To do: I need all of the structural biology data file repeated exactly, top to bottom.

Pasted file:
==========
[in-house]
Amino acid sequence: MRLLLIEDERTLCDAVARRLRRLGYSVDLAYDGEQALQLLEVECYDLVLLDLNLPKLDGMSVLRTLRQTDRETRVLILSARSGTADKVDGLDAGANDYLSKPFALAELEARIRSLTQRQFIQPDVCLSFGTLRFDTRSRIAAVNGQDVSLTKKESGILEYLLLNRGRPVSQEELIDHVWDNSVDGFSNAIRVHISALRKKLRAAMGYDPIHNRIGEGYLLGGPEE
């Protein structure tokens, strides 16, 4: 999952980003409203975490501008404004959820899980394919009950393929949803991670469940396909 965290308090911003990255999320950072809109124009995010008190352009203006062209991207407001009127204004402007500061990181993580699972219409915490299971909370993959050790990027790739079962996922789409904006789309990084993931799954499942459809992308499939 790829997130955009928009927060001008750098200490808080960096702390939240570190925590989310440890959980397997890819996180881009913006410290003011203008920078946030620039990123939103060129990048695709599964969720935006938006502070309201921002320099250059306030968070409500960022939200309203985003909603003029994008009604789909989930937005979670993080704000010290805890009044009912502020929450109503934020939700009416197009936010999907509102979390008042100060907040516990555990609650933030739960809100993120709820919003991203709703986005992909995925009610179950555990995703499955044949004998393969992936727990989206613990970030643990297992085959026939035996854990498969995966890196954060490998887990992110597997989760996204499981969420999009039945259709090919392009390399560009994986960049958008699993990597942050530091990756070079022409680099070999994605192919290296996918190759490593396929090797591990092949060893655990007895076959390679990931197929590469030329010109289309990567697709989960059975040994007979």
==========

[in-house]
Amino acid sequence: MRLLLIEDERTLCDAVARRLRRLGYSVDLAYDGEQALQLLEVECYDLVLLDLNLPKLDGMSVLRTLRQTDRETRVLILSARSGTADKVDGLDAGANDYLSKPFALAELEARIRSLTQRQFIQPDVCLSFGTLRFDTRSRIAAVNGQDVSLTKKESGILEYLLLNRGRPVSQEELIDHVWDNSVDGFSNAIRVHISALRKKLRAAMGYDPIHNRIGEGYLLGGPEE
């Protein structure tokens, strides 16, 4: 999952980003409203975490501008404004959820899980394919009950393929949803991670469940396909 965290308090911003990255999320950072809109124009995010008190352009203006062209991207407001009127204004402007500061990181993580699972219409915490299971909370993959050790990027790739079962996922789409904006789309990084993931799954499942459809992308499939 790829997130955009928009927060001008750098200490808080960096702390939240570190925590989310440890959980397997890819996180881009913006410290003011203008920078946030620039990123939103060129990048695709599964969720935006938006502070309201921002320099250059306030968070409500960022939200309203985003909603003029994008009604789909989930937005979670993080704000010290805890009044009912502020929450109503934020939700009416197009936010999907509102979390008042100060907040516990555990609650933030739960809100993120709820919003991203709703986005992909995925009610179950555990995703499955044949004998393969992936727990989206613990970030643990297992085959026939035996854990498969995966890196954060490998887990992110597997989760996204499981969420999009039945259709090919392009390399560009994986960049958008699993990597942050530091990756070079022409680099070999994605192919290296996918190759490593396929090797591990092949060893655990007895076959390679990931197929590469030329010109289309990567697709989960059975040994007979």